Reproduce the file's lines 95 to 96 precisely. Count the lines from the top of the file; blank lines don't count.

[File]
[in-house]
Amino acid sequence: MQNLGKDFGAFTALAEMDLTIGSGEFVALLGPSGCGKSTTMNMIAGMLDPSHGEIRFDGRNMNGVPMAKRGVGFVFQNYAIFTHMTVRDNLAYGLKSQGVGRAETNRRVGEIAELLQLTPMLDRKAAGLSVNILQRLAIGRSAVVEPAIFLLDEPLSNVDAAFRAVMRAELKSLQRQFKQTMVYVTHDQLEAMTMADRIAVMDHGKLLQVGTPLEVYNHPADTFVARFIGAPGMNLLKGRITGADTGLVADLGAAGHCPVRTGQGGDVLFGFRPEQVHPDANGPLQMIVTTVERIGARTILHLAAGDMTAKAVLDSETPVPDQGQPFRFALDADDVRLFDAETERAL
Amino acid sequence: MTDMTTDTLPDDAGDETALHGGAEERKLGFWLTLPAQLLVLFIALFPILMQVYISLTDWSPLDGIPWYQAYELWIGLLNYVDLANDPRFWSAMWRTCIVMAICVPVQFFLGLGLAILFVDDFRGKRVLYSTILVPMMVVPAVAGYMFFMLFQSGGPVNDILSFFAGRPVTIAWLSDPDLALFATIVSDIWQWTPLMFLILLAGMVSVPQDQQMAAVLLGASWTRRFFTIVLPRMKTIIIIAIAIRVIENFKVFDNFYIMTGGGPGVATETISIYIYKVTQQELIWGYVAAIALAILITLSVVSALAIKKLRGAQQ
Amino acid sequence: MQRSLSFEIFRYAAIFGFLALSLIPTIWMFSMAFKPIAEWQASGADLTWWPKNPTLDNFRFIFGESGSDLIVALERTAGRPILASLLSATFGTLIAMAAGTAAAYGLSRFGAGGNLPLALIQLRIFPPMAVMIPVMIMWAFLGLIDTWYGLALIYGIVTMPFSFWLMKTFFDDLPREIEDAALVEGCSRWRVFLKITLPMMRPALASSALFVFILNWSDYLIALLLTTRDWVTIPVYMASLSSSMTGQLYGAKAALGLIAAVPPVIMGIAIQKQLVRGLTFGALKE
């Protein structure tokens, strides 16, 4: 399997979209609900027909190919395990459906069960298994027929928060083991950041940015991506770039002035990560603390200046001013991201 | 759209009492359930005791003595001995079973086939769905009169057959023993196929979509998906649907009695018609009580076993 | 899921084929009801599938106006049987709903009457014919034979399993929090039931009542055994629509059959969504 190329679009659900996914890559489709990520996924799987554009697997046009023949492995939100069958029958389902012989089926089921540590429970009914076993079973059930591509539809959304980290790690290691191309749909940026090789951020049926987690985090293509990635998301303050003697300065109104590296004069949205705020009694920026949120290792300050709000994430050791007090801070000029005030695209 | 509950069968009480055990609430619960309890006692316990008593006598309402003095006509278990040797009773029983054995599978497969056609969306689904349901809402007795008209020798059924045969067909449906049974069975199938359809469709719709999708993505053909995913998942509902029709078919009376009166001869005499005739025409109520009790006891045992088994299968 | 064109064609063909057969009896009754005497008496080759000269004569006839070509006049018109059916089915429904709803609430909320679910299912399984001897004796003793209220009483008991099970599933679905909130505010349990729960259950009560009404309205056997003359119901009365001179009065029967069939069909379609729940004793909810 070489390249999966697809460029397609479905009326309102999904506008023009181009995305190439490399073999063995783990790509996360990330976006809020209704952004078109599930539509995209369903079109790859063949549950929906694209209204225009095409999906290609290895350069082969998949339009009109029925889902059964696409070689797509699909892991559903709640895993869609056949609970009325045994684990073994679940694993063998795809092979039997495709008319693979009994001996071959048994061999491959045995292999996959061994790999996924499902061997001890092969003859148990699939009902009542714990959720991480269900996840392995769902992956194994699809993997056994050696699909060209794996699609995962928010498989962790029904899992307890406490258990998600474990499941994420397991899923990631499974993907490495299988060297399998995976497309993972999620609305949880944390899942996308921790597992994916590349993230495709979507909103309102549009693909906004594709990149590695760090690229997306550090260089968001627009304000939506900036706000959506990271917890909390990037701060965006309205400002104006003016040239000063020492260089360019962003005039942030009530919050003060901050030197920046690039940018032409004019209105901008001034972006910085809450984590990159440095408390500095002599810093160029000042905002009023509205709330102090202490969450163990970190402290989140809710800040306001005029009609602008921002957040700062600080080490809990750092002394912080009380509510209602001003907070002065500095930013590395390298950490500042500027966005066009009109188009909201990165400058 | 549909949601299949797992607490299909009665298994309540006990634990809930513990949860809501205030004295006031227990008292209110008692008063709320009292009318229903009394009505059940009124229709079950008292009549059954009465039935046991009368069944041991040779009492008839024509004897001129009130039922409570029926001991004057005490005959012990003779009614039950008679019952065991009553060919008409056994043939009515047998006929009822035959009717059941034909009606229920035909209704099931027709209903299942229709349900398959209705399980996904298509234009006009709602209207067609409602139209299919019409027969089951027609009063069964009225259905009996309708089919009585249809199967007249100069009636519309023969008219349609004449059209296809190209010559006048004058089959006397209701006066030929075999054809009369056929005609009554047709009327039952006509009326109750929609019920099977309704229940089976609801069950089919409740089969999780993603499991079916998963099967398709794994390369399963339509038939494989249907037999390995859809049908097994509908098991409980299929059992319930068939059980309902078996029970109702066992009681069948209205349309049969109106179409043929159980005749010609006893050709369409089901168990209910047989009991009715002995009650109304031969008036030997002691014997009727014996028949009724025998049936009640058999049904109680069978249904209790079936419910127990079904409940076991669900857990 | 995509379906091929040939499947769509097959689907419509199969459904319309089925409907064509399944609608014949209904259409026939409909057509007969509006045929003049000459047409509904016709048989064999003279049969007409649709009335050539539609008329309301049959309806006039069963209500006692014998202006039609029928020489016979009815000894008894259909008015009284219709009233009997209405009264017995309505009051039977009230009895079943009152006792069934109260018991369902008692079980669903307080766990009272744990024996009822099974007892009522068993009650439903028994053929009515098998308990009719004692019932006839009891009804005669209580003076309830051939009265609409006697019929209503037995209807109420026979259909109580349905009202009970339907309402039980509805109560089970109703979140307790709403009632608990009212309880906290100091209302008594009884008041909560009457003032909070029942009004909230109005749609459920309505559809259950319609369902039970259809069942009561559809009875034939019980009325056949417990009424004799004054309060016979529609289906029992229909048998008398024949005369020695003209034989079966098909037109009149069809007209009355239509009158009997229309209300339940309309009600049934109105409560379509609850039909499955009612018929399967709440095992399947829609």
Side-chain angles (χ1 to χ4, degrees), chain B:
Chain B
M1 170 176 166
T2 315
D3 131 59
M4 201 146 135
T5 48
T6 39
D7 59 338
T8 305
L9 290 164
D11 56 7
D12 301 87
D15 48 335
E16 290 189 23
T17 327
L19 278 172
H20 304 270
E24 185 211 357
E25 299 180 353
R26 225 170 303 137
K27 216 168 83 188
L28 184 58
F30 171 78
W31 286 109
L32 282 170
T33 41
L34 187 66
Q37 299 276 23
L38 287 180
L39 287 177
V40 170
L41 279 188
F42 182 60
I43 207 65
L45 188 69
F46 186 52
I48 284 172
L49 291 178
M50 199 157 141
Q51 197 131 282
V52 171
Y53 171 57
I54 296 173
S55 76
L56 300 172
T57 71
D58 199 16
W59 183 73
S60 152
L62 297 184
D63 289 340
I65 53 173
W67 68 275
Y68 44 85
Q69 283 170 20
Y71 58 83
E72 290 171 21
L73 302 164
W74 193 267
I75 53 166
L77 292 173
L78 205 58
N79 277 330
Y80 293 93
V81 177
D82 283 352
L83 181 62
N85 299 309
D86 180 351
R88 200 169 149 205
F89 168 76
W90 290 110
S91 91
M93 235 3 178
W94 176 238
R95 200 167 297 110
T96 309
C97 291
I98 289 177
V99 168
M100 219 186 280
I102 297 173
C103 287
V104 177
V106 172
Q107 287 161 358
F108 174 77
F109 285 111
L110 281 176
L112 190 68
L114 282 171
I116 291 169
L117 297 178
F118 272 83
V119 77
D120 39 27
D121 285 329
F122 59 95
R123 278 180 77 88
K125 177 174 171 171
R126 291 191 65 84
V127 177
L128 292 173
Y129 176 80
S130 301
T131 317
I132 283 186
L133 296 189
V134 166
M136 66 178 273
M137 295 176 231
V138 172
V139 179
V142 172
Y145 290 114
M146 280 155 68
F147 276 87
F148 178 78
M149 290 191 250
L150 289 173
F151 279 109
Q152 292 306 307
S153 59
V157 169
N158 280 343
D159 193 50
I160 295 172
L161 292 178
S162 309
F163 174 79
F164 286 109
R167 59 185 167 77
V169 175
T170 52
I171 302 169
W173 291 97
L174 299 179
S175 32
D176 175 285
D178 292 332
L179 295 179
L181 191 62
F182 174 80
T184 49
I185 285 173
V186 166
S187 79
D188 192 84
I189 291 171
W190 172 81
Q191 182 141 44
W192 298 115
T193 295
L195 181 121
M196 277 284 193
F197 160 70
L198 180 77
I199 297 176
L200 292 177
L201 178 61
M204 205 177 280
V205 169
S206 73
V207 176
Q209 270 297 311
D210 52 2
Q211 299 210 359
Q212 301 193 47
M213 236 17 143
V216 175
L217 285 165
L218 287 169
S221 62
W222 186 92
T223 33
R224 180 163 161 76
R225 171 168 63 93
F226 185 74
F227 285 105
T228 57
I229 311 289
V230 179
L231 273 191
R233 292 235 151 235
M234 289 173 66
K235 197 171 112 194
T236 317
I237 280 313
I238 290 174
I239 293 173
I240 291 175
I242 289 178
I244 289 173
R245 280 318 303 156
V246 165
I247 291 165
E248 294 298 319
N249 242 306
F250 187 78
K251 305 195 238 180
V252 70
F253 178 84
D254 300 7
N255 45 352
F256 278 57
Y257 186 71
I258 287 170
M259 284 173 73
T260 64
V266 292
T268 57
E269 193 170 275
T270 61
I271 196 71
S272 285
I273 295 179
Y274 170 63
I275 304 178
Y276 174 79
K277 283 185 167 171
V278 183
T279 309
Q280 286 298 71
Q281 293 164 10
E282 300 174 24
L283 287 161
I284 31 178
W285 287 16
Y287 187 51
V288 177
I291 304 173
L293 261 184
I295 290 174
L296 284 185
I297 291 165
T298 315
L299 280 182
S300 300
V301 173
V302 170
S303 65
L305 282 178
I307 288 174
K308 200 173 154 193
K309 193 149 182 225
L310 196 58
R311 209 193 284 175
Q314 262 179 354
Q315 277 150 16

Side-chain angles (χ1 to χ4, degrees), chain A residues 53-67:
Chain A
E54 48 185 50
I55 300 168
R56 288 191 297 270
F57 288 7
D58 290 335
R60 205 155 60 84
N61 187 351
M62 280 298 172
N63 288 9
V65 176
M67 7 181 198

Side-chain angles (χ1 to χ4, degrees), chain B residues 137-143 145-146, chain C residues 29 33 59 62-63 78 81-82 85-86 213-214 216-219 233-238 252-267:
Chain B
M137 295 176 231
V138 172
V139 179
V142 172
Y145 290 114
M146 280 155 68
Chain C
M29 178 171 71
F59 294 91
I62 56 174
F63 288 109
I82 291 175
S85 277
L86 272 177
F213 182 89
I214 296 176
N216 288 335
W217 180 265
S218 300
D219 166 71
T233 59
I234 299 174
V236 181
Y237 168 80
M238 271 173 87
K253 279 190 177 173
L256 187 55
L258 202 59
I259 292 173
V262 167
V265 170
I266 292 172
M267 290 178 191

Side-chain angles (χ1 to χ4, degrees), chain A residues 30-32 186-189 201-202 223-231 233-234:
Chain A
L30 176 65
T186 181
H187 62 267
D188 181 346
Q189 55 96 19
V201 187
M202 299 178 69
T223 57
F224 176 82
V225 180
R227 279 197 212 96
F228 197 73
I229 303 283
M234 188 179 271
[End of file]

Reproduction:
L110 281 176
L112 190 68